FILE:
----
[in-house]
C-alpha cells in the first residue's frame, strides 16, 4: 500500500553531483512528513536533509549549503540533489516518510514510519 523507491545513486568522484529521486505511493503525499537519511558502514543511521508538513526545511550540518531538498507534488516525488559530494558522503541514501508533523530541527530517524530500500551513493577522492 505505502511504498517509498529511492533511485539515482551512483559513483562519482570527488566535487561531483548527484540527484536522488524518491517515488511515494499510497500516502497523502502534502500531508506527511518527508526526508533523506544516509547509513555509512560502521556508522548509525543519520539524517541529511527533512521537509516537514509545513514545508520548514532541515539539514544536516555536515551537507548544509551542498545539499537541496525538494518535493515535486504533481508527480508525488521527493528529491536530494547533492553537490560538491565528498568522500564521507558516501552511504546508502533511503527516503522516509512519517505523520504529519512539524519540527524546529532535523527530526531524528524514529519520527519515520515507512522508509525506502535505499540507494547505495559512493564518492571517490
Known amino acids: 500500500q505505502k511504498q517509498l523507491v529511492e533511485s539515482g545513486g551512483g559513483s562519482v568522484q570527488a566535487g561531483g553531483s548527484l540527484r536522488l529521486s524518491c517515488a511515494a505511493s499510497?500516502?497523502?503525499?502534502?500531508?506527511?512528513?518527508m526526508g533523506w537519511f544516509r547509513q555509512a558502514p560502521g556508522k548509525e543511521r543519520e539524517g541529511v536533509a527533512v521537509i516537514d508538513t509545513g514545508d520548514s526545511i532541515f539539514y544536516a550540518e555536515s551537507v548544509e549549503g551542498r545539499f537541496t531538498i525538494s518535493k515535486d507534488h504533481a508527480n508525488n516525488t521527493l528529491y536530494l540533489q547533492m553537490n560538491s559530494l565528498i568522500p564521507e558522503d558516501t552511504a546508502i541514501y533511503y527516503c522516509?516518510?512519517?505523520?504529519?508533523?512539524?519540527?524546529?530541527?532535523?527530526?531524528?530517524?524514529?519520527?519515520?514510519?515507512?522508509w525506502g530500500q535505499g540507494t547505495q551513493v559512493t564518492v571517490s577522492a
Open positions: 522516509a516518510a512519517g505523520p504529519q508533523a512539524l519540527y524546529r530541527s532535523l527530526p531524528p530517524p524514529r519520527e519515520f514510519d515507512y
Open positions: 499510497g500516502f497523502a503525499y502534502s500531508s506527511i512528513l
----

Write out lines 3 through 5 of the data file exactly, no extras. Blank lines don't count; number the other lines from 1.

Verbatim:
Known amino acids: 500500500q505505502k511504498q517509498l523507491v529511492e533511485s539515482g545513486g551512483g559513483s562519482v568522484q570527488a566535487g561531483g553531483s548527484l540527484r536522488l529521486s524518491c517515488a511515494a505511493s499510497?500516502?497523502?503525499?502534502?500531508?506527511?512528513?518527508m526526508g533523506w537519511f544516509r547509513q555509512a558502514p560502521g556508522k548509525e543511521r543519520e539524517g541529511v536533509a527533512v521537509i516537514d508538513t509545513g514545508d520548514s526545511i532541515f539539514y544536516a550540518e555536515s551537507v548544509e549549503g551542498r545539499f537541496t531538498i525538494s518535493k515535486d507534488h504533481a508527480n508525488n516525488t521527493l528529491y536530494l540533489q547533492m553537490n560538491s559530494l565528498i568522500p564521507e558522503d558516501t552511504a546508502i541514501y533511503y527516503c522516509?516518510?512519517?505523520?504529519?508533523?512539524?519540527?524546529?530541527?532535523?527530526?531524528?530517524?524514529?519520527?519515520?514510519?515507512?522508509w525506502g530500500q535505499g540507494t547505495q551513493v559512493t564518492v571517490s577522492a
Open positions: 522516509a516518510a512519517g505523520p504529519q508533523a512539524l519540527y524546529r530541527s532535523l527530526p531524528p530517524p524514529r519520527e519515520f514510519d515507512y
Open positions: 499510497g500516502f497523502a503525499y502534502s500531508s506527511i512528513l